September 1, 2013

Letters to the editor: Force won't make Riverview safer

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click image to enlarge

“Staff, training, time and optimism” help establish the kind of ties between patients and caregivers that ensure safety at places like Riverview Psychiatric Center, above, says a former employee of the state psychiatric facility.

2004 Kennebec Journal File Photo/Joe Phelan

Southern courts in cases like Wyatt v. Aderholt (1974) addressed these issues in the 1970s. They reasoned that loss of a person's liberty without "due process" was constitutionally impermissible.

After all, these people were not convicted of any crime -- their loss of liberty must be shown to be necessary. Their disability must be diagnosed; a plan of treatment must be developed; and they must be housed in "least restrictive settings" commensurate with their condition. This reasoning spread quickly across the country.

Mr. Fogg's call for the return of Pineland shows a dangerous level of ignorance. So, too, does his rant against liberals for not fully supporting gun rights but fully supporting deinstitutionalization.

The facts are: Both gun rights and deinstitutionalization are constitutionally protected rights. Both of these rights may be reasonably regulated -- guns annually kill far more people than deinstitutionalized people do.

Mr. Fogg also ignores the fact that the Pinelands of America were disgraceful jungles. Old and young, men and women, dangerous and harmless were kept in overcrowded communal settings where they ate, slept and existed without regard for their dignity or long-term well-being. That's over -- it should be.

Now if we would be safe, we need to adequately fund the community-based mental health care facilities that were an integral part of deinstitutionalization. Are you listening, Mr. Fogg, Mr. LePage?

Orlando E. Delogu

Portland

Comics fan not laughing at Sunday section changes

No! Don't do that to our comics section! You are ruining it -- taking all the pleasure out of it. I have been reading the "funnies" all my life; they are important to me. I can't believe the effect, the negative effect of the ghastly changes of the last two Sundays.

If you want to have advertising on the last page, I can accept that. And if you want to add an inner page with new comics lifted from the pages of the daily Press Herald, that is acceptable, too. But please do not mess around with your original layout -- mixing up old and new, reducing sizes, making everything look cheap and horrid.

I can accept letting "Garfield" go -- though I like the mice -- and "Fred Basset" would be no loss. I'll even throw in "Close to Home" (I never liked that). All the other originals should be given the full space they had. They are masterpieces!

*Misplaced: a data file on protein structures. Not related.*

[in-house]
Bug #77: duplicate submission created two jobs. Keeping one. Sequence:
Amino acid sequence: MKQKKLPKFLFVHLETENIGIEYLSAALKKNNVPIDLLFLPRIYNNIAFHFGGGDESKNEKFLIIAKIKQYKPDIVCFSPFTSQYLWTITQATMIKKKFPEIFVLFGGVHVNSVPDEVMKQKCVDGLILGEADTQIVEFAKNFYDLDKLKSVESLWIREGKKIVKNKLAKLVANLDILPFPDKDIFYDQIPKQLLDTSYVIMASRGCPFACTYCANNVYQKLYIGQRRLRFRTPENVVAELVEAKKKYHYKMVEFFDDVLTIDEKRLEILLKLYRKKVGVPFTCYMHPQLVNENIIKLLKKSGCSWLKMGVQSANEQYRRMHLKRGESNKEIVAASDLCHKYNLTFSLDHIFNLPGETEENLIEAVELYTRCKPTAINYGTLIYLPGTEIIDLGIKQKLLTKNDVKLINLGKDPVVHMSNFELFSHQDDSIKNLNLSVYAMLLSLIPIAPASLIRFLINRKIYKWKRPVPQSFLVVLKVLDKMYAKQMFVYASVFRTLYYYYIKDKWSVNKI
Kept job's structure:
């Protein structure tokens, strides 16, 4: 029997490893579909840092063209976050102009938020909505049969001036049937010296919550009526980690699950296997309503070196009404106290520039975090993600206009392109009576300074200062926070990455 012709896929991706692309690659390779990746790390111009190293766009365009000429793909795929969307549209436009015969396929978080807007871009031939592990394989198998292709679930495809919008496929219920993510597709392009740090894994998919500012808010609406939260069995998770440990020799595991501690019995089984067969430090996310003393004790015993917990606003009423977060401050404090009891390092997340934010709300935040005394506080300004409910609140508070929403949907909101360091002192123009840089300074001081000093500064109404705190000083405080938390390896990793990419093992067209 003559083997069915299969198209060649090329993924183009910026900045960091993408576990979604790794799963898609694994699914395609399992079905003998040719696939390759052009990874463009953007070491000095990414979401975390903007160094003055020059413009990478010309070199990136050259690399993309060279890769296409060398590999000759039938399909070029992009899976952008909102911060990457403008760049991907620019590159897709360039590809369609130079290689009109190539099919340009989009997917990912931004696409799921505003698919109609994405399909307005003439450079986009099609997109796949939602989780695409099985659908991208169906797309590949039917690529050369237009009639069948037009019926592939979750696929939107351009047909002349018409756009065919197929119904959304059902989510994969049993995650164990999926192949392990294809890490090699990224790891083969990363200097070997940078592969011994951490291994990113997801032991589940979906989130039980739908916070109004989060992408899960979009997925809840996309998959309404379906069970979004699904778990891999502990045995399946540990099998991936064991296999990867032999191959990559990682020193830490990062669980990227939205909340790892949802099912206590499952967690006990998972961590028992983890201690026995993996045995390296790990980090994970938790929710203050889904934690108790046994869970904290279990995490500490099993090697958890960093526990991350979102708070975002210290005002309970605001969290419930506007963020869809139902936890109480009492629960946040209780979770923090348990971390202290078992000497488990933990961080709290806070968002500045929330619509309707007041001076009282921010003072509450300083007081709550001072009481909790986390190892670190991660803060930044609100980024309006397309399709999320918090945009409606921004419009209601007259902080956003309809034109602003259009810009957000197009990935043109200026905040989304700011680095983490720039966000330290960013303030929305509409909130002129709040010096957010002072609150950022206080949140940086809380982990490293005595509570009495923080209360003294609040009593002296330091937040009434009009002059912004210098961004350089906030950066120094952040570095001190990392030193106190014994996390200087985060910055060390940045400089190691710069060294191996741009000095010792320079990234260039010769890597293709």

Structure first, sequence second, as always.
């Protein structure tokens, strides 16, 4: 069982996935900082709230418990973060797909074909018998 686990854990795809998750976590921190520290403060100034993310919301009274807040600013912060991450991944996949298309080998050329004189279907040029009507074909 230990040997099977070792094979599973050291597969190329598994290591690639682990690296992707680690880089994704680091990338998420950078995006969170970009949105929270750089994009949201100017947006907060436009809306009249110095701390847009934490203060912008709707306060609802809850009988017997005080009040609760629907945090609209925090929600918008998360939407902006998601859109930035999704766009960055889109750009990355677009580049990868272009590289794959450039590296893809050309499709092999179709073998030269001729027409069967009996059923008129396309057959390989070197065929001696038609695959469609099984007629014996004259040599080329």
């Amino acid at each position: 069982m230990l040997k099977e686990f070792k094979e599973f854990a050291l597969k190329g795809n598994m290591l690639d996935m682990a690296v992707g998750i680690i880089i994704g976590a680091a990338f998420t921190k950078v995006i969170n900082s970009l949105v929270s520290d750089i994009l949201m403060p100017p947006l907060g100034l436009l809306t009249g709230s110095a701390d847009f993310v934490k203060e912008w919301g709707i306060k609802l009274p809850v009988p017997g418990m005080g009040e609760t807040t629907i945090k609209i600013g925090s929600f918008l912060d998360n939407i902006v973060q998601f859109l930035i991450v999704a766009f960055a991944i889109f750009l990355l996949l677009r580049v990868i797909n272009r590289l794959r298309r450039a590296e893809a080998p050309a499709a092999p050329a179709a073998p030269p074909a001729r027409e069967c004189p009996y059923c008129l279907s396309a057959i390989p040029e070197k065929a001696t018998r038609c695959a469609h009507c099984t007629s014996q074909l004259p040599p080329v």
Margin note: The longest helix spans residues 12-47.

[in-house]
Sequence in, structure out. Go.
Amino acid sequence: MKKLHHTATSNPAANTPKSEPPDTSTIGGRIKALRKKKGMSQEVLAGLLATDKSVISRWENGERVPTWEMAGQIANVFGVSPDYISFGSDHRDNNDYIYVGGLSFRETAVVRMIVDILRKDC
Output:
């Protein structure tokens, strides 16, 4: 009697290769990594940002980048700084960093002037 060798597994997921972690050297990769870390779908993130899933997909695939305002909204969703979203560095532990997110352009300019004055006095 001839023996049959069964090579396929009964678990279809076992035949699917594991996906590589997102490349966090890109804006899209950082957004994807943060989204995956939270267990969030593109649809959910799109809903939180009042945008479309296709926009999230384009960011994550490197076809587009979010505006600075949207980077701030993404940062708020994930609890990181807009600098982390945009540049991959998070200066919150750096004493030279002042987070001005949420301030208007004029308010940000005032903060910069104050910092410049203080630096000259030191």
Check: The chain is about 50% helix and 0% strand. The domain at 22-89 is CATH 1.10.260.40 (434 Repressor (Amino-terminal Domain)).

As far as I am concerned you can cut all those new ones: "Hagar the Horrible," "Sally Forth," "Hi and Lois," "Frank and Ernest," "Shoe," "The Lockhorns." They are all pathetic. They are all awful.

If you cut all those dreadful new strips (listed above) that you have added, there should be room to add the other new ones (from the daily paper) on the extra page. Those are all excellent. And there should be room to put things back the way they were, and present them again with size and dignity.

Please consider this. No! Rather, please do this, I beg you!

Dahlov Ipcar

Georgetown

Nonviolent approach key to resolving Syrian conflict

Proposals for U.S. military intervention in Syria are a dangerous mistake. 

Do we know that the Syrian government is responsible for gas attacks against Syrian people? Remember "weapons of mass destruction," where evidence was fabricated to justify what the U.S. government wanted to do? 

But even if the Assad regime did release the gas, military intervention will only escalate the violence in the country -- more suffering and more death.

When the nonviolent opposition to Assad turned to armed resistance, the death count shot up astronomically. Almost always, increasing violence doesn't resolve a conflict; it simply accelerates it.

If we want to end the conflict in Syria and enable Syrians to live together in peace, we need to cut off weapons and ammunition supplies from all sources, use nonviolent methods to challenge the conflicts and negotiate to bring the sides together.

I hope all Maine people will speak out against U.S. military intervention and in support of nonviolent conflict resolution.

Larry Dansinger

Monroe

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